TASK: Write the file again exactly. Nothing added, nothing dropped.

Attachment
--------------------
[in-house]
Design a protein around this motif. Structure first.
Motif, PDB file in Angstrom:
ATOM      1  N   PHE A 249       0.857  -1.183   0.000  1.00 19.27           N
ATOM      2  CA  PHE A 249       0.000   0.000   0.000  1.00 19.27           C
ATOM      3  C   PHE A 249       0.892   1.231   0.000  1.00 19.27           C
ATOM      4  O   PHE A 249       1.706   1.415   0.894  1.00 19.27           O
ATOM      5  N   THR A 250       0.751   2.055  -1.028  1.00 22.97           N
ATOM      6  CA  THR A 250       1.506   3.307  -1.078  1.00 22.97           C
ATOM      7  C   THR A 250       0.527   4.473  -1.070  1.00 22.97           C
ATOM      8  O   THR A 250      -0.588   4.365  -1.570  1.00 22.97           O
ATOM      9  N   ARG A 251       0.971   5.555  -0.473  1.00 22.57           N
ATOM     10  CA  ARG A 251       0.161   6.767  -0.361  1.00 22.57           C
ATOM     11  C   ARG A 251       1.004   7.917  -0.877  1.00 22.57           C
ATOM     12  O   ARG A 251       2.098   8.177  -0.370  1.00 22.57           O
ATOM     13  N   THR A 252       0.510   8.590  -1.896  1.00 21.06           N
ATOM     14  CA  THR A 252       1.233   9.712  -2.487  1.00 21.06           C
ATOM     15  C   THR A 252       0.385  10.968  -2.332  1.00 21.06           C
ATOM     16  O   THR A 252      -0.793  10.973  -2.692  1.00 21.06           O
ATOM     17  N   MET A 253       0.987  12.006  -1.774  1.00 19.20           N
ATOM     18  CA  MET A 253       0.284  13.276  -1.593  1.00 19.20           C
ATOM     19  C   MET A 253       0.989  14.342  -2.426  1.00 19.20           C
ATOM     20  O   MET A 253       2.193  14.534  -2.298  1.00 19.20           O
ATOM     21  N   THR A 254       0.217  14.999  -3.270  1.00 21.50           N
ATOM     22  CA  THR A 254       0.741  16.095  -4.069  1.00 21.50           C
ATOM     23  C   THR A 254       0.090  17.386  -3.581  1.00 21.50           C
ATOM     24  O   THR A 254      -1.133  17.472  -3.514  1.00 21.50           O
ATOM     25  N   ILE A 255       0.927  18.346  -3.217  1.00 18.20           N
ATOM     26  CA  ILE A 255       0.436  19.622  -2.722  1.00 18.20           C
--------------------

[in-house]
Design a protein around this motif. Structure first.
Motif, PDB file in Angstrom:
ATOM      1  N   PHE A 249       0.857  -1.183   0.000  1.00 19.27           N
ATOM      2  CA  PHE A 249       0.000   0.000   0.000  1.00 19.27           C
ATOM      3  C   PHE A 249       0.892   1.231   0.000  1.00 19.27           C
ATOM      4  O   PHE A 249       1.706   1.415   0.894  1.00 19.27           O
ATOM      5  N   THR A 250       0.751   2.055  -1.028  1.00 22.97           N
ATOM      6  CA  THR A 250       1.506   3.307  -1.078  1.00 22.97           C
ATOM      7  C   THR A 250       0.527   4.473  -1.070  1.00 22.97           C
ATOM      8  O   THR A 250      -0.588   4.365  -1.570  1.00 22.97           O
ATOM      9  N   ARG A 251       0.971   5.555  -0.473  1.00 22.57           N
ATOM     10  CA  ARG A 251       0.161   6.767  -0.361  1.00 22.57           C
ATOM     11  C   ARG A 251       1.004   7.917  -0.877  1.00 22.57           C
ATOM     12  O   ARG A 251       2.098   8.177  -0.370  1.00 22.57           O
ATOM     13  N   THR A 252       0.510   8.590  -1.896  1.00 21.06           N
ATOM     14  CA  THR A 252       1.233   9.712  -2.487  1.00 21.06           C
ATOM     15  C   THR A 252       0.385  10.968  -2.332  1.00 21.06           C
ATOM     16  O   THR A 252      -0.793  10.973  -2.692  1.00 21.06           O
ATOM     17  N   MET A 253       0.987  12.006  -1.774  1.00 19.20           N
ATOM     18  CA  MET A 253       0.284  13.276  -1.593  1.00 19.20           C
ATOM     19  C   MET A 253       0.989  14.342  -2.426  1.00 19.20           C
ATOM     20  O   MET A 253       2.193  14.534  -2.298  1.00 19.20           O
ATOM     21  N   THR A 254       0.217  14.999  -3.270  1.00 21.50           N
ATOM     22  CA  THR A 254       0.741  16.095  -4.069  1.00 21.50           C
ATOM     23  C   THR A 254       0.090  17.386  -3.581  1.00 21.50           C
ATOM     24  O   THR A 254      -1.133  17.472  -3.514  1.00 21.50           O
ATOM     25  N   ILE A 255       0.927  18.346  -3.217  1.00 18.20           N
ATOM     26  CA  ILE A 255       0.436  19.622  -2.722  1.00 18.20           C